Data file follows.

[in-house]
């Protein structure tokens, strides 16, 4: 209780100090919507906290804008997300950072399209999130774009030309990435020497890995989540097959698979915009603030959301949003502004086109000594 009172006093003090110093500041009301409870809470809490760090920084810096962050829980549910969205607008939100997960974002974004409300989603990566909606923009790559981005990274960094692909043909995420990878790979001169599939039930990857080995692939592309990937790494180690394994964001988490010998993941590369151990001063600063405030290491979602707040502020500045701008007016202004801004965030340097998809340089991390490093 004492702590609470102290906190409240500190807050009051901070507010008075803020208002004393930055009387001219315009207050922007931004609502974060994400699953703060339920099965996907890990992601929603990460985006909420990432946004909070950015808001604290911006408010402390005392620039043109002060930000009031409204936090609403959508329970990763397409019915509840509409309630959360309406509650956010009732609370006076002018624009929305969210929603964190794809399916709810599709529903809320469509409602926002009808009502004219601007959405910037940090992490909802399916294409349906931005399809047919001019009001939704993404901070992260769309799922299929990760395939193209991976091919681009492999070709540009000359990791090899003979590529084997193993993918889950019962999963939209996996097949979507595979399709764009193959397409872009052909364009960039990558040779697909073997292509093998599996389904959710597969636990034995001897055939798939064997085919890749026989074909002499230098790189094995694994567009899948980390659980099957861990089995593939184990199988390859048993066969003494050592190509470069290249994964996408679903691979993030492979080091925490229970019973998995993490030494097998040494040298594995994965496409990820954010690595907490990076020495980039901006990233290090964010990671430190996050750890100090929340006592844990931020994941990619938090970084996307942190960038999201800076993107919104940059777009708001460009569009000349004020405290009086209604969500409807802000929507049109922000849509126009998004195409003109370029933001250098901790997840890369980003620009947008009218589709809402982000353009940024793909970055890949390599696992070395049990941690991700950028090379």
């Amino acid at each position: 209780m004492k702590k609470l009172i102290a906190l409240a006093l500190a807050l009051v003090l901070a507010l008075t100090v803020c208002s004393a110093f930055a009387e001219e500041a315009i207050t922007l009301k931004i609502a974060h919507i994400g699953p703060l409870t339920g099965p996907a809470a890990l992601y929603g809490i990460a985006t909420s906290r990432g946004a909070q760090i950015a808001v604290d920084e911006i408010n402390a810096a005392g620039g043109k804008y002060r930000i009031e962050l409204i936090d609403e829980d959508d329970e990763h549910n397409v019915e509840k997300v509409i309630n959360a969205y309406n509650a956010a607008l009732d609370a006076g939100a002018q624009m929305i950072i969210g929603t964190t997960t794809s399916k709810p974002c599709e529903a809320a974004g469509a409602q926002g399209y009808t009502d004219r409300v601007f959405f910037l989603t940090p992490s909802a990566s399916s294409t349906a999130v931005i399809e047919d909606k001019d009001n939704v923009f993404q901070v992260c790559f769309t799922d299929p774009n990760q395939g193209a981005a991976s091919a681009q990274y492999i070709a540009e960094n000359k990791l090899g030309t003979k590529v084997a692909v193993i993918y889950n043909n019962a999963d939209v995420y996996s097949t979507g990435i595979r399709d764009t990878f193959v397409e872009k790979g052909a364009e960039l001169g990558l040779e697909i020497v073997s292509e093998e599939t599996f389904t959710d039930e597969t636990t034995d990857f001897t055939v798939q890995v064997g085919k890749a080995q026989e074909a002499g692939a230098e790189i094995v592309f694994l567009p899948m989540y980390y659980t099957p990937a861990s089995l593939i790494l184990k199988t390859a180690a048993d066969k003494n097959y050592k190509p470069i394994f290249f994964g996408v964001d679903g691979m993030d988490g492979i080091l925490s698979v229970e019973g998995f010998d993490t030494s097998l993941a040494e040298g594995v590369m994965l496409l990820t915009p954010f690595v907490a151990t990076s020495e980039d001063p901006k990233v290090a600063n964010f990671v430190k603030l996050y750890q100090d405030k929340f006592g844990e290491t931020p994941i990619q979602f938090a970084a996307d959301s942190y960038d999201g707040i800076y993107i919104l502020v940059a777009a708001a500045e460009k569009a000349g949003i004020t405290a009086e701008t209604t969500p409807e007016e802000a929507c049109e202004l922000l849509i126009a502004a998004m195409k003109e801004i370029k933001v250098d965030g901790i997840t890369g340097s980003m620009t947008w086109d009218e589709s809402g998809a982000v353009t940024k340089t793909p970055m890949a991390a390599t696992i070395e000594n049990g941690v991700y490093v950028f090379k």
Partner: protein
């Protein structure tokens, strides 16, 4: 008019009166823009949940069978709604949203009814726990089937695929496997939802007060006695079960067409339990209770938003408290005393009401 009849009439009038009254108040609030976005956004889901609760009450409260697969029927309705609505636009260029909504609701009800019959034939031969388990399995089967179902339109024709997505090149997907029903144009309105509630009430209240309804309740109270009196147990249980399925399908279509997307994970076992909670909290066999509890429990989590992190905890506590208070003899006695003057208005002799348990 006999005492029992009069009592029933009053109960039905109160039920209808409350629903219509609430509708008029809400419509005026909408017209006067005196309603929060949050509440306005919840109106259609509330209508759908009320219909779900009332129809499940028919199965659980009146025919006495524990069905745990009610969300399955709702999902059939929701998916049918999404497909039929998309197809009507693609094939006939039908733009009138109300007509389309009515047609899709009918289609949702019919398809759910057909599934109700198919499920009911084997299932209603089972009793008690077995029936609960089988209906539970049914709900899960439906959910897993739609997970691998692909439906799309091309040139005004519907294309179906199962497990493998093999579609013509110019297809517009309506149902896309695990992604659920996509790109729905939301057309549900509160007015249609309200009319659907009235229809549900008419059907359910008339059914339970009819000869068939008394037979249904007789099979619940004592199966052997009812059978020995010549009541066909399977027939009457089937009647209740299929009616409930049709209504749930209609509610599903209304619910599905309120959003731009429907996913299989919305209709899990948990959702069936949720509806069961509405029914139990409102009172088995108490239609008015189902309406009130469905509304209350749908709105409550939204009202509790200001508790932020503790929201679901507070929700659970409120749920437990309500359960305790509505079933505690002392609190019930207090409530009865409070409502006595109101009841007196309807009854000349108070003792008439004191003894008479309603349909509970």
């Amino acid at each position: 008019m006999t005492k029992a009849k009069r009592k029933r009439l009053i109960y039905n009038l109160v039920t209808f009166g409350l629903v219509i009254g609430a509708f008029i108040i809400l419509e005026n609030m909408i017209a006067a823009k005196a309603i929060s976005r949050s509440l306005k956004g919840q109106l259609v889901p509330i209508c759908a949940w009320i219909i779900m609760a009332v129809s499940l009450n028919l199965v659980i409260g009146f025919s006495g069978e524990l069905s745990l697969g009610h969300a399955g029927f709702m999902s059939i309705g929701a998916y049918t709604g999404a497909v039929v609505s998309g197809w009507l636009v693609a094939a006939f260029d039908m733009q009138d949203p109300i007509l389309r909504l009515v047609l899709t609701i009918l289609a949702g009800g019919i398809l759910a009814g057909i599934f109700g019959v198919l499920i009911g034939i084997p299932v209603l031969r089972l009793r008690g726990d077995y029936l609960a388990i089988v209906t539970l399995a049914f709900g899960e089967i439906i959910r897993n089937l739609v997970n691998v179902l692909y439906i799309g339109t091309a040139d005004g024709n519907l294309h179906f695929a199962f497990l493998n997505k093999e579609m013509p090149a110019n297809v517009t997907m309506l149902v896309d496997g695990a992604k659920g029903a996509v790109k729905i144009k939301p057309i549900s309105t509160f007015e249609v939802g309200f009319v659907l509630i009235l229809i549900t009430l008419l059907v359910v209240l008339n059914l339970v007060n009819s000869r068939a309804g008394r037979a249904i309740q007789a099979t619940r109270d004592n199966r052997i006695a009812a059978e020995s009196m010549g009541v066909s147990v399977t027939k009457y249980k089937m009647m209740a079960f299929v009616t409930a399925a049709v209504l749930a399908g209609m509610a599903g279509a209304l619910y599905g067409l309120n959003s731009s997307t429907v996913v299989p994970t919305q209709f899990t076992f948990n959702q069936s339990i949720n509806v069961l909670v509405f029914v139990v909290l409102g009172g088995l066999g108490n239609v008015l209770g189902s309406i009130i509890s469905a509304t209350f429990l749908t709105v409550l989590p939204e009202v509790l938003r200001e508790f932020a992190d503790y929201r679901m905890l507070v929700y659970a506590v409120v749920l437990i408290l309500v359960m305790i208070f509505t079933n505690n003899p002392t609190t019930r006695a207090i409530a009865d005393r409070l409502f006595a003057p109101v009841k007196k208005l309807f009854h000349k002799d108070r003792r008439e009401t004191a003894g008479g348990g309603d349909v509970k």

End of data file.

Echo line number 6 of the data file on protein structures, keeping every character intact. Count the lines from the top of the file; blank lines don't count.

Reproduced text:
């Amino acid at each position: 008019m006999t005492k029992a009849k009069r009592k029933r009439l009053i109960y039905n009038l109160v039920t209808f009166g409350l629903v219509i009254g609430a509708f008029i108040i809400l419509e005026n609030m909408i017209a006067a823009k005196a309603i929060s976005r949050s509440l306005k956004g919840q109106l259609v889901p509330i209508c759908a949940w009320i219909i779900m609760a009332v129809s499940l009450n028919l199965v659980i409260g009146f025919s006495g069978e524990l069905s745990l697969g009610h969300a399955g029927f709702m999902s059939i309705g929701a998916y049918t709604g999404a497909v039929v609505s998309g197809w009507l636009v693609a094939a006939f260029d039908m733009q009138d949203p109300i007509l389309r909504l009515v047609l899709t609701i009918l289609a949702g009800g019919i398809l759910a009814g057909i599934f109700g019959v198919l499920i009911g034939i084997p299932v209603l031969r089972l009793r008690g726990d077995y029936l609960a388990i089988v209906t539970l399995a049914f709900g899960e089967i439906i959910r897993n089937l739609v997970n691998v179902l692909y439906i799309g339109t091309a040139d005004g024709n519907l294309h179906f695929a199962f497990l493998n997505k093999e579609m013509p090149a110019n297809v517009t997907m309506l149902v896309d496997g695990a992604k659920g029903a996509v790109k729905i144009k939301p057309i549900s309105t509160f007015e249609v939802g309200f009319v659907l509630i009235l229809i549900t009430l008419l059907v359910v209240l008339n059914l339970v007060n009819s000869r068939a309804g008394r037979a249904i309740q007789a099979t619940r109270d004592n199966r052997i006695a009812a059978e020995s009196m010549g009541v066909s147990v399977t027939k009457y249980k089937m009647m209740a079960f299929v009616t409930a399925a049709v209504l749930a399908g209609m509610a599903g279509a209304l619910y599905g067409l309120n959003s731009s997307t429907v996913v299989p994970t919305q209709f899990t076992f948990n959702q069936s339990i949720n509806v069961l909670v509405f029914v139990v909290l409102g009172g088995l066999g108490n239609v008015l209770g189902s309406i009130i509890s469905a509304t209350f429990l749908t709105v409550l989590p939204e009202v509790l938003r200001e508790f932020a992190d503790y929201r679901m905890l507070v929700y659970a506590v409120v749920l437990i408290l309500v359960m305790i208070f509505t079933n505690n003899p002392t609190t019930r006695a207090i409530a009865d005393r409070l409502f006595a003057p109101v009841k007196k208005l309807f009854h000349k002799d108070r003792r008439e009401t004191a003894g008479g348990g309603d349909v509970k």